Have your say in community centre consultations

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Interior view from ground-floor level down to basement level – 2009 concept plan

Dear Neighbours,

As you may already be aware, the Wabash Community Centre to be located in Sorauren Park will soon be a reality. The City of Toronto approved the $40M in funding as part of its 2017 capital budget and is preparing for the preliminary design phase to begin in early 2019 – with shovels in the ground planned for 2020 and doors opening as early as 2022.

With momentum building, the FOSP board thought it important that we lead our own strategic initiative to engage directly with the community to seek interest and participation in planning your ideal community centre.

Our independent initiative is to be complementary to the public consultation process led by the City of Toronto. Our goal is to align to their process and consultation timeline, and to submit a formal FOSP document that has been developed with direct community input.

Over the past couple of years, we’ve heard from many in the community who have expressed a want to “have their say” in shaping how the community centre is designed and built, and how it will serve the people once opened.

So, if you are interested in contributing your time, energy and talents, please review our strategic framework and sign up.

Our committees will form around the following paths. Design Excellence, Heritage, Town Square, Aquatic Facilities, Programming, Governance/Operations and Centre/Park Integration. We expect to have our key committees up and running early in the new year.

If you would like more information, feel free to contact us by using the contact form.

Wishing you and yours a very Happy Holiday season.

Regards,

Board of Directors,
Friends of Sorauren Park

Province cancels additional funding for aquatic facility

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Dear Neighbours,

On May 7, 2018 the Ministry of Infrastructure Ontario publically announced its pledge of $3.3M towards a proposed $10M Sorauren Park Aquatic Centre. The Friends of Sorauren Park (FOSP) had submitted a proposal in March 2018 to access a new culture and recreation funding stream made available through a tri-lateral program between the Federal and Provincial governments and the City of Toronto.

The proposed Sorauren Park Aquatic Centre was to feature a multi-lane, 25-metre lap pool, a leisure pool, a spa / therapeutic pool and gender neutral changing rooms which would have allowed full accessibility for all patrons – similar in scope as the Regent Park Aquatic Centre currently in operation on the east side of the city.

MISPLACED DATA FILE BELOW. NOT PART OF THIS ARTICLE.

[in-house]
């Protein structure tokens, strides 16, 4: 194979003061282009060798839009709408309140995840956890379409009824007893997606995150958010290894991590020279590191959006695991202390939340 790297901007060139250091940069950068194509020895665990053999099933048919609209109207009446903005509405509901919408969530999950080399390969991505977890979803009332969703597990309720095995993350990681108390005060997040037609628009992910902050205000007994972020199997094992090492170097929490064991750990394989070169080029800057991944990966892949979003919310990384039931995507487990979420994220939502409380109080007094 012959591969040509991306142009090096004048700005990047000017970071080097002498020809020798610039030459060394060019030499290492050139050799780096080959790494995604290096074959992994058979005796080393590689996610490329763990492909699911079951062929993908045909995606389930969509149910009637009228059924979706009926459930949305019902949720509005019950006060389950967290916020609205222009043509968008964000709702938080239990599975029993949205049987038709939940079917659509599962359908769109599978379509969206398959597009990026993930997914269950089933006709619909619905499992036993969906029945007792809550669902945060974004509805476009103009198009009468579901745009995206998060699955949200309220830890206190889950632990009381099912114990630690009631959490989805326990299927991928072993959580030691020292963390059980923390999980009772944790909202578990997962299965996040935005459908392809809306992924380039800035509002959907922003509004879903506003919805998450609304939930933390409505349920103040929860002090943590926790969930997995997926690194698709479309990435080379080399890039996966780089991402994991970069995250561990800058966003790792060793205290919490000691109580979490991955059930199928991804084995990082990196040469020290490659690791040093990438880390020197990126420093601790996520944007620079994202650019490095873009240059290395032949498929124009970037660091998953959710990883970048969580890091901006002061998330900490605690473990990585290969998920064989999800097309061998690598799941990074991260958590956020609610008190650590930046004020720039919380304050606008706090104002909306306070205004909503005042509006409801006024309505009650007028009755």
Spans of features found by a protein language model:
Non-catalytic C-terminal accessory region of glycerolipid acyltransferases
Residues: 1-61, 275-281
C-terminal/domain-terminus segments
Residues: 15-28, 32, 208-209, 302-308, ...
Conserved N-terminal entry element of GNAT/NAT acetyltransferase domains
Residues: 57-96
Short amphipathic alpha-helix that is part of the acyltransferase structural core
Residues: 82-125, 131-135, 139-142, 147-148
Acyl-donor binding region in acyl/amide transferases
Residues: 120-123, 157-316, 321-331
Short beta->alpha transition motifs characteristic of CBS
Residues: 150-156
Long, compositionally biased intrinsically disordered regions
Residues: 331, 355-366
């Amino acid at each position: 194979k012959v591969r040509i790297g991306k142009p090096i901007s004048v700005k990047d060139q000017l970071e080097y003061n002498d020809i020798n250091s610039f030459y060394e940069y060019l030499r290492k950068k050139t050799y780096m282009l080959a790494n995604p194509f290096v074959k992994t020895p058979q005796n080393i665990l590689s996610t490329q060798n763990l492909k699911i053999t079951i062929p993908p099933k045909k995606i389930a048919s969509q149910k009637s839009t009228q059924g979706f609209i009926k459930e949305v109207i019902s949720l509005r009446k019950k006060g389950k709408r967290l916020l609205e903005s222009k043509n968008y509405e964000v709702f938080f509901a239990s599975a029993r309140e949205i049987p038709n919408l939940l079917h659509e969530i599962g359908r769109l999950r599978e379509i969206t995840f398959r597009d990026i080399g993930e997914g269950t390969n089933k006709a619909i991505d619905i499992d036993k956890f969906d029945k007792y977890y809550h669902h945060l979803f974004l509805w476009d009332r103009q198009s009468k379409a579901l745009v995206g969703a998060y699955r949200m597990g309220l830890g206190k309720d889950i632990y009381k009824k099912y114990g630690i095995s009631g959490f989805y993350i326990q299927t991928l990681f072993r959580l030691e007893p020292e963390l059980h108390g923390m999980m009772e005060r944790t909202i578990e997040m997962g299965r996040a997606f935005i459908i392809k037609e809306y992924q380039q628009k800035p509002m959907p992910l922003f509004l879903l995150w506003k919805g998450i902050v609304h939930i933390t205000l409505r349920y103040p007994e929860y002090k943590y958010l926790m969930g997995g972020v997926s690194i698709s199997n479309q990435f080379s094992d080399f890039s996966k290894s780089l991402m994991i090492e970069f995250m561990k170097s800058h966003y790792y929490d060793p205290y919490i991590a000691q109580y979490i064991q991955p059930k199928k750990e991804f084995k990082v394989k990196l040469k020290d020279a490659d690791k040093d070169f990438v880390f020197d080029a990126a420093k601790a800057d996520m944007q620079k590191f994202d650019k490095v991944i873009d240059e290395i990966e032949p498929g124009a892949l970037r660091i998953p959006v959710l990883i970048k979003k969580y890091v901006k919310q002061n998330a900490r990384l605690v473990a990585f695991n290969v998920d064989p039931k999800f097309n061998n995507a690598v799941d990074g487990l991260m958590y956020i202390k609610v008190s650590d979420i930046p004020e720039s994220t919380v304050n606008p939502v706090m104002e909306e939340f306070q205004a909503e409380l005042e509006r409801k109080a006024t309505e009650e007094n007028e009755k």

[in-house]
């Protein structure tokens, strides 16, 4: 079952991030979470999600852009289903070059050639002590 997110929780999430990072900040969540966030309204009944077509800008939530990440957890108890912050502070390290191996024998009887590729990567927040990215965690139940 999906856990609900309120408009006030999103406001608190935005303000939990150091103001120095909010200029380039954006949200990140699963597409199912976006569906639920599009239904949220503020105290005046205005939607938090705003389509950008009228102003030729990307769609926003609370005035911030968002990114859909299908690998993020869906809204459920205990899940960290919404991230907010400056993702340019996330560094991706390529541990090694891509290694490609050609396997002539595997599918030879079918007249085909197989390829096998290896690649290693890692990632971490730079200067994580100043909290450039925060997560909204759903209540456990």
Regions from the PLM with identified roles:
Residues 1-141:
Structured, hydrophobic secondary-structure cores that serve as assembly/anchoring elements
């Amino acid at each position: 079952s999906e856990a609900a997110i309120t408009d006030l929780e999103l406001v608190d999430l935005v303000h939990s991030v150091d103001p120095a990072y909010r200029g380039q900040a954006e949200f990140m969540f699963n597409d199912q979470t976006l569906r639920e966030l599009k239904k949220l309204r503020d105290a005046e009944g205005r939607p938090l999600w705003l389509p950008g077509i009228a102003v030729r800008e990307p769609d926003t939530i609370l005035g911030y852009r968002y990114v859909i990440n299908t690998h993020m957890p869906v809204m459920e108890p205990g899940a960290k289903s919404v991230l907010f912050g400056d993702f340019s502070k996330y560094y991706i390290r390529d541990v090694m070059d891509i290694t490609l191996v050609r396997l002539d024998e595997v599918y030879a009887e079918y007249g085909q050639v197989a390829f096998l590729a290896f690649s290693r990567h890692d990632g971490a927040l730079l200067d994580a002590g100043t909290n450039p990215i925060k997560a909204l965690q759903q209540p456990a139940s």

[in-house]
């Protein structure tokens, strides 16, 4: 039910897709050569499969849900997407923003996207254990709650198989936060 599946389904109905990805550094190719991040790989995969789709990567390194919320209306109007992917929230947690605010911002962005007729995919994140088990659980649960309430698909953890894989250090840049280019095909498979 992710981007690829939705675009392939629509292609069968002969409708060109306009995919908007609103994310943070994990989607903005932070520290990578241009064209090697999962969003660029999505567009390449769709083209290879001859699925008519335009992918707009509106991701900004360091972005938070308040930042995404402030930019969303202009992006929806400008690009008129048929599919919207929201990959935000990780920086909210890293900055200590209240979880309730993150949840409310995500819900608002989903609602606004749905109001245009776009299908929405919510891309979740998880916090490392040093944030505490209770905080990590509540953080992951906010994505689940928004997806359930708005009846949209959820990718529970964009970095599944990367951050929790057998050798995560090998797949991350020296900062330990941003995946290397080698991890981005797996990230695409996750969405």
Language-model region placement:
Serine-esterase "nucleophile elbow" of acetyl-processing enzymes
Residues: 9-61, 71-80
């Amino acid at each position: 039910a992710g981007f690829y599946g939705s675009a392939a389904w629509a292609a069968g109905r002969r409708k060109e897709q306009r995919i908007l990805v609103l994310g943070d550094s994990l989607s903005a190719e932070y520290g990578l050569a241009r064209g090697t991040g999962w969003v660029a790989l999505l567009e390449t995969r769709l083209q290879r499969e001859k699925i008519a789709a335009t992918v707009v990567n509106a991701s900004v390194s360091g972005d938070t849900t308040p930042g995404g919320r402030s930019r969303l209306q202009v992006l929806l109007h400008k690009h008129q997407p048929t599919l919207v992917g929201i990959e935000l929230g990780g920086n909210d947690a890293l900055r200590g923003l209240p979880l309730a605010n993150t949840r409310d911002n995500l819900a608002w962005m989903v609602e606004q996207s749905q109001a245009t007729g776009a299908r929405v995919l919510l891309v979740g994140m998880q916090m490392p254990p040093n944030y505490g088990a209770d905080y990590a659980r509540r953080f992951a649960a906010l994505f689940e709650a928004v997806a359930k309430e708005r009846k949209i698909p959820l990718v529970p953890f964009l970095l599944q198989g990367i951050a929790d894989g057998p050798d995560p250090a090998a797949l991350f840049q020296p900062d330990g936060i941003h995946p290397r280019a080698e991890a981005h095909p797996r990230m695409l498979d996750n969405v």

Our objective for seeking funding was to ensure the Wabash Community Centre, whose $40M budget was approved by the City of Toronto in its 2017 capital budget, would be sufficiently funded to include public swimming facilities.

Weeks after the recent provincial election, the FOSP was informed via a phone call from an official at the Department of Infrastructure Ontario, that the funding for the Sorauren Park Aquatic Centre had now been cancelled due to the changing budget priorities of the government.

To be clear, this decision does not affect the in-progress development of the Wabash Community Centre which the City of Toronto is set to move to the preliminary design phase in early 2019, with shovels in the ground planned for 2020 and doors opening as early as 2022. The City’s Facilities Master Plan, released in 2017, called for pool facilities at the Wabash Community Centre.

In our continued conversations with federal government representatives, there continues to be a commitment by them to prioritize support for some funding that could contribute to enhancing the Wabash Community Centre.

We will keep you updated as to any further developments.

Wishing you and yours a very Happy Holiday season.

Regards,

Joel Campbell, President
Board of Directors
Friends of Sorauren Park

First Community Centre consultation July 10

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FLYER_WabashCC_rev2

The City has announced the first public consultation for the new Wabash Community Centre at Sorauren Park. It will take place July 10, starting at 6 p.m., at Bishop Marrocco / Thomas Merton Catholic Secondary School at Bloor and Dundas.

Please attend to provide your input and show your support for the new centre, for which the community has been advocating since the early 1990s, most recently by the Friends of Sorauren Park.

The City has budgeted $40 million for the project. The province recently promised an additional $3.3 million towards aquatic facilities.

Here is the message from Councillor Gord Perks:

Hello Friends,

The City of Toronto is building a new Community Centre on Wabash Avenue, located just east of the fieldhouse in Sorauren Park on the site of the old Linseed Factory.

This is very exciting.

Please join me for a meeting with community members and City of Toronto Parks staff to discuss the Wabash Community Centre.

Community input is essential when deciding how best to improve public spaces and this meeting will serve as a great opportunity to hear from you.

This will be the first of many community consultations.

Tuesday, July 10, 2018

6:30 to 8:30 p.m.

Bishop Marrocco / Thomas Merton Catholic Secondary School
1515 Bloor Street West, Staff Room, Rm. 331

Please see the flyer for more information. This site is accessible.

If you have any questions or are unable to attend the meeting and wish to share your concerns, please do not hesitate to contact my office at councillor_perks@toronto.ca .

Look forward to seeing you on July 10th at Bishop Marrocco for the first of many community conversations.

Sincerely,

Gord

Councillor Gord Perks
Ward 14, Parkdale High-Park

Birds-eye view of the old brick linseed oil mill, re-imagined as the Wabash Community Centre

2009 concept plan for Wabash Community Centre by Oleson Worland_Taylor Smyth architects, in joint venture. The plan would use the footprint and exterior of the old linseed oil mill. This view looks south-east with Wabash Avenue and the homes on Lukow Terrace in the background

Wabash Community Centre budget increases by $6 million

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Photo of old linseed factory in afternoon light

The City purchased the old Canada Linseed Oil Mill site in 2000 as the home for the new Wabash Community Centre

More planning details on the Wabash Community Centre have been released by the City as part of the 2018 Capital Budget process.